For a shocking change of pace, the Friday LinkSwarm will be on Friday:
Archive for the ‘Austin’ Category
I’m not sure if you noticed (and it’s entirely possible you haven’t), but the Austin American-Statesman has instituted a paywall on their website. Obviously the Statesman feels that their slow, steady decline just isn’t getting the job done, so they’ll move straight to assisted suicide.
The Statesman website was not my first choice for news. Or my second. Or my tenth. In fact, they probably come in slightly ahead of Pravda (though behind Russia Today, which is pretty quick at putting up relevant disaster videos). In fact, despite living in Austin for decades, I’ve never subscribed to the Statesman, and purchases of single issues has been limited to the day after national elections and UT winning a national football championship.
The Statesman was never a great newspaper in the best of times, and these are not the best of times.
It’s no secret that the Statesman has suffered severe declines in circulation (possibly even more severe than the average suffered by the print newspaper industry a whole), despite publishing in one of the fastest-growing metropolitan areas in the country. But finding a single source for year by year Statesman circulation figures has proved elusive. Here’s what I found from various heterogeneous sources for daily (rather than Sunday) circulation, so they may very well not line up with “official” circulation figures (especially for the three most recent years), but are probably close enough to the ballpark to get a good idea of the decline.
So, here’s a chart for Daily Average Circulation Figures for the Austin American Statesman for 2004-2012:
(Click to embiggen. Crappy chart courtesy of a 12 year old version of Excel. I’m sure Will Franklin could do much better.)
And some of that most recent number may be even more dubious, given that sometimes the Statesman won’t actually cancel people’s subscription when asked. And try to charge people more than they agreed to for the discount subscriptions they do sell. And don’t always deliver the issues people have actually paid for.
The Statesman has been in a long, steady decline in staff as well. They bought out 71 employees in 2009, another accepted by 33 people in June of 2011, and laid off an additional 53 employees in October 2011. And even after that, more copy editing jobs were to be consolidated in Florida by Cox Media.
Cox tried to sell the paper in 2009, but backed out of the deal.
One big reason for declining newspaper circulation is the obvious and pronounced liberal bias in so much of the MSM. With so many choices for news on the Internet, local news is no longer a reason to continue funding a carrier medium for liberal opinion.
The paywall seems to be the last thing newspapers institute before they go under entirely (a few of the bigger ones excepted). Initial reactions to the move are hardly ecstatic. I don’t expect the Statesman to go straight out of business next year, but I do expect their decline in circulation to accelerate.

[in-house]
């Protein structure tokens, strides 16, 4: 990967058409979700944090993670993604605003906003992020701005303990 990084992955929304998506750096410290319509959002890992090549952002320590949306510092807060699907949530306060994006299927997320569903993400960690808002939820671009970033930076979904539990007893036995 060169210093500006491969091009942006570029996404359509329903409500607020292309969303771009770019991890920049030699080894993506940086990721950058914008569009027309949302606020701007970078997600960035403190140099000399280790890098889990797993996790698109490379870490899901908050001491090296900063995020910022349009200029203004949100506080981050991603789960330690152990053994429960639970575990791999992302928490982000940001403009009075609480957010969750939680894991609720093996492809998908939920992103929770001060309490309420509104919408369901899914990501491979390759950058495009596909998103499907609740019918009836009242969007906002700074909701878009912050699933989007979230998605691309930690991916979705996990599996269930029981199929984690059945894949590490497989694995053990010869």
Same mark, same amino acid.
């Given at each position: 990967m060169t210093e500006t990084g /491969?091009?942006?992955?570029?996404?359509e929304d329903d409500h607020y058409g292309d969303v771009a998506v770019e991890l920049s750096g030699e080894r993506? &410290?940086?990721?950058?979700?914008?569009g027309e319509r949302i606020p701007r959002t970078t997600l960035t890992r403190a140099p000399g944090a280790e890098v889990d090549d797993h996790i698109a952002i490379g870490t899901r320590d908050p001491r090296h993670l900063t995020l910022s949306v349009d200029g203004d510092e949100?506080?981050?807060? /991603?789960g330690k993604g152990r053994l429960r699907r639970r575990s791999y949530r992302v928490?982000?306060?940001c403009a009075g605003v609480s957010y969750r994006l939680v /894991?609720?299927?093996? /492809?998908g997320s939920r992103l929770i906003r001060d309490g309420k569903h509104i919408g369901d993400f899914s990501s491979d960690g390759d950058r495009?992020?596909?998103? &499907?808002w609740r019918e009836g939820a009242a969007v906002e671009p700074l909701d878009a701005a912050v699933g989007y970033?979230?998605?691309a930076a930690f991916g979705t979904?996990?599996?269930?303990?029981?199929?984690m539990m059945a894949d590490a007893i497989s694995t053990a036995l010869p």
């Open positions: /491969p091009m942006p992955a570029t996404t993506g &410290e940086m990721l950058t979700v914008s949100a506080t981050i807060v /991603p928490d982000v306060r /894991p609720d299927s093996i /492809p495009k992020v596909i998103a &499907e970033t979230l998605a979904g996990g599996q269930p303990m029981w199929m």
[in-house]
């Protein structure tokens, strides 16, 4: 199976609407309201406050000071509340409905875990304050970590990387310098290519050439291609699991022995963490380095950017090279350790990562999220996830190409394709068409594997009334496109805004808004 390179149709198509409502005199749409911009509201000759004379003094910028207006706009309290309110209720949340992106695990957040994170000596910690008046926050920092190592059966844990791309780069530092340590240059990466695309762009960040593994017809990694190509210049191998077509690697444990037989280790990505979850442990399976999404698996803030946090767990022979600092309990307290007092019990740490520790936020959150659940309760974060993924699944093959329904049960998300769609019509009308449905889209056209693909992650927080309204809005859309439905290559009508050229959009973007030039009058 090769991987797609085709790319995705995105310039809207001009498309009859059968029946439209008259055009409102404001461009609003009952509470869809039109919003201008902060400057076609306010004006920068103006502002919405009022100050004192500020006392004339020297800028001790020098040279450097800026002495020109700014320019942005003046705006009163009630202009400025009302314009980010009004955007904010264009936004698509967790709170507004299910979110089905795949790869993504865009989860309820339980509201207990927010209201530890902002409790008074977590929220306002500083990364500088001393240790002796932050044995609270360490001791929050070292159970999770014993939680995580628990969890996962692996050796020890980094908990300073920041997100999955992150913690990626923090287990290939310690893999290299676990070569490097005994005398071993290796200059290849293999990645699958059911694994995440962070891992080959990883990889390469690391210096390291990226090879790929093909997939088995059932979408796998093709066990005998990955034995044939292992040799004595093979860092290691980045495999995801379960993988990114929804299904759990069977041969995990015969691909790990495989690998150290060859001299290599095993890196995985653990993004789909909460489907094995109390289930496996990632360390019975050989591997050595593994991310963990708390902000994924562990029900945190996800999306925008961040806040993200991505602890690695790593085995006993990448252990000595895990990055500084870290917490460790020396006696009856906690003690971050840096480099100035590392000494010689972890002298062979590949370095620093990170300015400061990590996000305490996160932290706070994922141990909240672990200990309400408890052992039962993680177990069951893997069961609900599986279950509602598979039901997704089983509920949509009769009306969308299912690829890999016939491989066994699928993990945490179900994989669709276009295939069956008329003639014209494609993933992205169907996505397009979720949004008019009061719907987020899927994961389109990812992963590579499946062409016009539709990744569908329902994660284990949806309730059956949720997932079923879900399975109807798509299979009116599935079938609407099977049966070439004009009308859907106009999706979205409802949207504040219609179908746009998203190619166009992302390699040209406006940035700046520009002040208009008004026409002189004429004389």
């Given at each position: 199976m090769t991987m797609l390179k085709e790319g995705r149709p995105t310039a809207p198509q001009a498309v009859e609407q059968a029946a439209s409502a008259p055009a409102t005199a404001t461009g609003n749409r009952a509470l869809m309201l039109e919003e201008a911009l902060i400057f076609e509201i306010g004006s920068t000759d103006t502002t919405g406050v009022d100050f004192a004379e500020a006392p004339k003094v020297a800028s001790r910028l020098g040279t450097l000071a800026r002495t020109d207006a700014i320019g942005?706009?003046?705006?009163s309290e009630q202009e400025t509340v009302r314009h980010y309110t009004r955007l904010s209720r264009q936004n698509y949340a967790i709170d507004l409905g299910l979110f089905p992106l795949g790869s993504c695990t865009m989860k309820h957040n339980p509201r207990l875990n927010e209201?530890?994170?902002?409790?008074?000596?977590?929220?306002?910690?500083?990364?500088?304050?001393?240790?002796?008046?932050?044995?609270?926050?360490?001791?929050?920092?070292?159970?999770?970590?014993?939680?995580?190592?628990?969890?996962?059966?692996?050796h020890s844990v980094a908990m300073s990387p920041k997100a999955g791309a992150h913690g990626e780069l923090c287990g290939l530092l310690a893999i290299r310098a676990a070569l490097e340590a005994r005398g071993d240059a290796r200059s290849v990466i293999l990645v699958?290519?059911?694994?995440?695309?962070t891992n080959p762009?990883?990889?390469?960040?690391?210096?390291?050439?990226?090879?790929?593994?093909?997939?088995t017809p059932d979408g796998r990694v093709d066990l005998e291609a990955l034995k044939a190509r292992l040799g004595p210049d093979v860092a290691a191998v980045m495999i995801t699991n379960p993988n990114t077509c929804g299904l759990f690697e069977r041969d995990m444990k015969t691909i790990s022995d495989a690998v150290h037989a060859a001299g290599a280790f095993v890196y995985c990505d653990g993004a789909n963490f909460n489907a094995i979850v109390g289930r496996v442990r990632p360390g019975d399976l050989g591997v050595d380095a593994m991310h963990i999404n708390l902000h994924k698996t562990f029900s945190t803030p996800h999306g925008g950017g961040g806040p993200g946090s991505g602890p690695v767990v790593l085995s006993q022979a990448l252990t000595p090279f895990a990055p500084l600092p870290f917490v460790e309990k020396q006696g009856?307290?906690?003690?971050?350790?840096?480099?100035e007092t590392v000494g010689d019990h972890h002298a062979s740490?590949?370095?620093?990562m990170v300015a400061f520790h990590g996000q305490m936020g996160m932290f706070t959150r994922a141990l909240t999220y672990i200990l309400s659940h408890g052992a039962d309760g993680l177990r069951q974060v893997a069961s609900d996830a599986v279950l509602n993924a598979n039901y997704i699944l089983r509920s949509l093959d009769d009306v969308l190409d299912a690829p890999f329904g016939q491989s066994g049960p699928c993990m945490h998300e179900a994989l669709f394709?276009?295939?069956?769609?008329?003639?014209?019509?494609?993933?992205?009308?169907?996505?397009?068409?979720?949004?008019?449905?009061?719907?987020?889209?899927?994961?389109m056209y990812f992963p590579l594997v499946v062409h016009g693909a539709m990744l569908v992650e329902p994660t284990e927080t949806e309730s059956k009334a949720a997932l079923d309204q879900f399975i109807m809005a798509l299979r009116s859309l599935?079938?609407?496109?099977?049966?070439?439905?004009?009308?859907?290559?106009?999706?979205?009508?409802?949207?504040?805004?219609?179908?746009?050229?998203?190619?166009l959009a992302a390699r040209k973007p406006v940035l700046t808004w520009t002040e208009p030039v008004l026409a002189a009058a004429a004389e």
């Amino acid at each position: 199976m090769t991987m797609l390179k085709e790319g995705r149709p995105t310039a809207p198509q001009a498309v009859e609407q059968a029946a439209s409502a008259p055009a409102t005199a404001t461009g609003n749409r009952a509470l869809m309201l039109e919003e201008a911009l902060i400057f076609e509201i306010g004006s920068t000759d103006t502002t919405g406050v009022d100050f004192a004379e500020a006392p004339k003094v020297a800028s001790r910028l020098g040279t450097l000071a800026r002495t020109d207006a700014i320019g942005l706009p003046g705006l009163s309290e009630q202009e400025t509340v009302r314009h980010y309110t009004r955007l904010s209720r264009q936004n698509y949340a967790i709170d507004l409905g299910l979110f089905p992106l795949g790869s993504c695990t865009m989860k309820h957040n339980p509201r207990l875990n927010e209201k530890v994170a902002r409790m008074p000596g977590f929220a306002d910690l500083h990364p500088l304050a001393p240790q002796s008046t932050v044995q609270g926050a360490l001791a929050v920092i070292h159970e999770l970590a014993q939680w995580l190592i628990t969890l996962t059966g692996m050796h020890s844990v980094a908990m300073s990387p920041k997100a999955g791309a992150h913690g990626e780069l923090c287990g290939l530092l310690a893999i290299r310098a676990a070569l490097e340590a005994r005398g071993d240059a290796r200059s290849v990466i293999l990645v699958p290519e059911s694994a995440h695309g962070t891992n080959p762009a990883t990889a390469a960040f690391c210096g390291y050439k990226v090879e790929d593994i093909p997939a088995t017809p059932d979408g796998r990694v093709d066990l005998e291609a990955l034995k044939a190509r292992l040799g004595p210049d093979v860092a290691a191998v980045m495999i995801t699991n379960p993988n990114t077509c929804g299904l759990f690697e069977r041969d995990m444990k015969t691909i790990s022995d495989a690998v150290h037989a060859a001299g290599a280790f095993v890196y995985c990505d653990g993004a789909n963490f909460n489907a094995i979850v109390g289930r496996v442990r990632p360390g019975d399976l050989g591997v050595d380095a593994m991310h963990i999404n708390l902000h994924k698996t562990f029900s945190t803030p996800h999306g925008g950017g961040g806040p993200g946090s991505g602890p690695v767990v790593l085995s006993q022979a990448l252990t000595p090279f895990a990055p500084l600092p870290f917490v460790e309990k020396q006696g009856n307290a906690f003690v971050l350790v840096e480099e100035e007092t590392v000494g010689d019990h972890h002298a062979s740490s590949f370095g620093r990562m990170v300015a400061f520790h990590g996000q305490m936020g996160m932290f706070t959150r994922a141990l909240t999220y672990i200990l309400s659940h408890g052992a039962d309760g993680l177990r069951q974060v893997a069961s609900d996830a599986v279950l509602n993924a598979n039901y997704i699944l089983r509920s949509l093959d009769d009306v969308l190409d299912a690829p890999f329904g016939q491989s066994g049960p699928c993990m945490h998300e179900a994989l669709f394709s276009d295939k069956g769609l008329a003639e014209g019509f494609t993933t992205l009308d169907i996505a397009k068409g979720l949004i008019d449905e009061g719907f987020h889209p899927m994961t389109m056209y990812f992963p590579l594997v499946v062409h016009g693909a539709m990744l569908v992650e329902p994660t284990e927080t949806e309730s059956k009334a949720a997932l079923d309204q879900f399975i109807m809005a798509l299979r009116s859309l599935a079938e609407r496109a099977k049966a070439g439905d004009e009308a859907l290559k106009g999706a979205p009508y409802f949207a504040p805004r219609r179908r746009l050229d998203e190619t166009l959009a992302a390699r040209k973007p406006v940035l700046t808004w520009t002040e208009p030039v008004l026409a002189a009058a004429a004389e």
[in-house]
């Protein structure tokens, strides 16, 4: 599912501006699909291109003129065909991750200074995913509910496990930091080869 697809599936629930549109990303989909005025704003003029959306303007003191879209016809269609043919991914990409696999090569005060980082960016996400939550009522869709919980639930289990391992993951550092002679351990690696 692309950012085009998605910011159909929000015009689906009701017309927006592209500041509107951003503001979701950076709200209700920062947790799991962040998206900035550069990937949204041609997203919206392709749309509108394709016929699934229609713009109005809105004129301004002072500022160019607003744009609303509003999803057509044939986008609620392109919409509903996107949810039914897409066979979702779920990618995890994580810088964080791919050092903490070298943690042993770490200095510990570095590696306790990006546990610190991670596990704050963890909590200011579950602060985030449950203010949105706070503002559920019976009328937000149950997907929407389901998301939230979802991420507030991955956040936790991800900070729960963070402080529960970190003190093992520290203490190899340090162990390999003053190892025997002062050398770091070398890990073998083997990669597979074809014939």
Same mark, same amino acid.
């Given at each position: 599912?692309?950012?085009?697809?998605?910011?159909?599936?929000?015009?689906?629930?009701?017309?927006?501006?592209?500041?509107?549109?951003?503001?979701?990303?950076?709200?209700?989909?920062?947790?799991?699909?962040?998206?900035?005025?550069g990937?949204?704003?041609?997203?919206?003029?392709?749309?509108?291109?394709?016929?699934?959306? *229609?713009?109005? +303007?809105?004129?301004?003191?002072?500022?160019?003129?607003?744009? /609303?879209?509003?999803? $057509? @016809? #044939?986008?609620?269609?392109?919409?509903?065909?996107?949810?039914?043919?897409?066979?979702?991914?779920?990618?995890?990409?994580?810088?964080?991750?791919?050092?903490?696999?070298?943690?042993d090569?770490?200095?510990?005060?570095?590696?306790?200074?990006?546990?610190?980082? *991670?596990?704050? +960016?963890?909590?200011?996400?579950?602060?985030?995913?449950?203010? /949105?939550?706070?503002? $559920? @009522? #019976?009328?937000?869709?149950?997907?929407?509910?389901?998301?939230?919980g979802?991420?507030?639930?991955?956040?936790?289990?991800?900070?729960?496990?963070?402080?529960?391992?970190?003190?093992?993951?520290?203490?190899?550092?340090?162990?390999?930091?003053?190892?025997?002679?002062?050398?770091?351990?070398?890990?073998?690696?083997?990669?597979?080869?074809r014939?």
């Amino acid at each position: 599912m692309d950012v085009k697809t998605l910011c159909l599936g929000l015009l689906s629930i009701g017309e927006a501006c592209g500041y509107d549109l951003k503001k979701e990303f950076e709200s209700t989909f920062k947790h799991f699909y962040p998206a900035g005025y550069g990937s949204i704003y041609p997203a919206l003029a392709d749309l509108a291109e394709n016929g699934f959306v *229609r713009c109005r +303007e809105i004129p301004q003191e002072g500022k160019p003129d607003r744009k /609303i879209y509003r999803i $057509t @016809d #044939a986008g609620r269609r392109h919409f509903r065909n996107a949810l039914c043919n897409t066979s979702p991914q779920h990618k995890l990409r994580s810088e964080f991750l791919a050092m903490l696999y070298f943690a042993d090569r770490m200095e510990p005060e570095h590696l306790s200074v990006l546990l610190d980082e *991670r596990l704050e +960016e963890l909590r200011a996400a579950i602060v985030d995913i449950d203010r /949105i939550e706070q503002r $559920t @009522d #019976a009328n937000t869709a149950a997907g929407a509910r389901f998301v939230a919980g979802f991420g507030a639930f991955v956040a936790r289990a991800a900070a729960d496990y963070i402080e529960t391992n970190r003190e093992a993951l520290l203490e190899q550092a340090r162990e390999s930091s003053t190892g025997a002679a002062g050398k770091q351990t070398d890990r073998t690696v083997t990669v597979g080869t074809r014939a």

Hat tip: Dwight, who brings us news that Lehmberg “won’t be seeking reelection.” Well, duh. People who have been removed from office don’t run for reelection…
Otherwise they would have never released this video of Democratic Travis County DA Lehmberg, who plead guilty to DWI charges:
And still more:
I suspect the full video of her stay is out there somewhere…
Time for another Texas vs. California update:
Alarm bells have been ringing loudly in the heads of municipal bond investors…If you’re the chief of municipal bond investing for a big bank, whether on Wall Street or in San Francisco, Los Angeles or Chicago, this gets your attention. You might hesitate to lend hundreds of millions of dollars to other cities and counties if you fear they might go the Stockton route. Even if you proceed, you might insist on higher interest rates to compensate for what now appears to be added risk. That can translate to higher local taxes.
So North Korea is kicking its Crazy Invalid act up a notch with Kim Jong-Un threatening to attack the United States.
Which part of the U.S., you asking?
Dude, we’re all pissed off about the bag ban and the high cost of SXSW badges, but that’s a major overreaction.
Here, apropos of nothing in particular, is a video about the B-52:
And here, also apropos of nothing in particular, is a video of a B-2 hitting targets with 80 500 pound JDAM bombs.
From Holly Hansen comes word that Austin attorney and Democratic donor Marc Rosenthal was found guilty of 13 felony counts, including racketeering conspiracy, mail fraud and tampering with a proceeding.
Holly did a great job looking at his state donations, but I wanted to take a gander at his national contributions as well.
He gave $2,300 to Democratic Congressman Henry Cuellar in 2008, and another $2,000 in 2010. He also donated $2,000 to Democratic U.S. congressmen Crio Rodriguez in March of 2008 (presumably for the Democratic primary), and then another $2,300 (the maximum donation) in October.
Going back further, Rosenthal donated:
Here in Texas, we tend to convict people for felony jury tampering, no matter how many Democrats they’ve donated to.
I’m sure this fact has absolutely nothing to do with trial lawyer and big Democratic donor Steve Mostyn suddenly deciding to move most of his practice to New York City…
Dwight of Whipped Cream Difficulties and I are having a conservative/gunner blogger meetup Saturday, March 23, at 6 PM, at
8012 Mesa Dr., Austin, 78731
Drop me a line at lawrenceperson at gmail dot com if you’re interested in attending and haven’t done so already.
I’ll be the one in the black polo shirt and black cargo pants…
Dwight of Whipped Cream Difficulties and I are contemplating a conservative/gunner blogger meetup Saturday, March 23, at 6 PM, venue TBD (but not too close to the SXSW madness downtown). Drop me a line at lawrenceperson at gmail dot com if you’re interested in attending.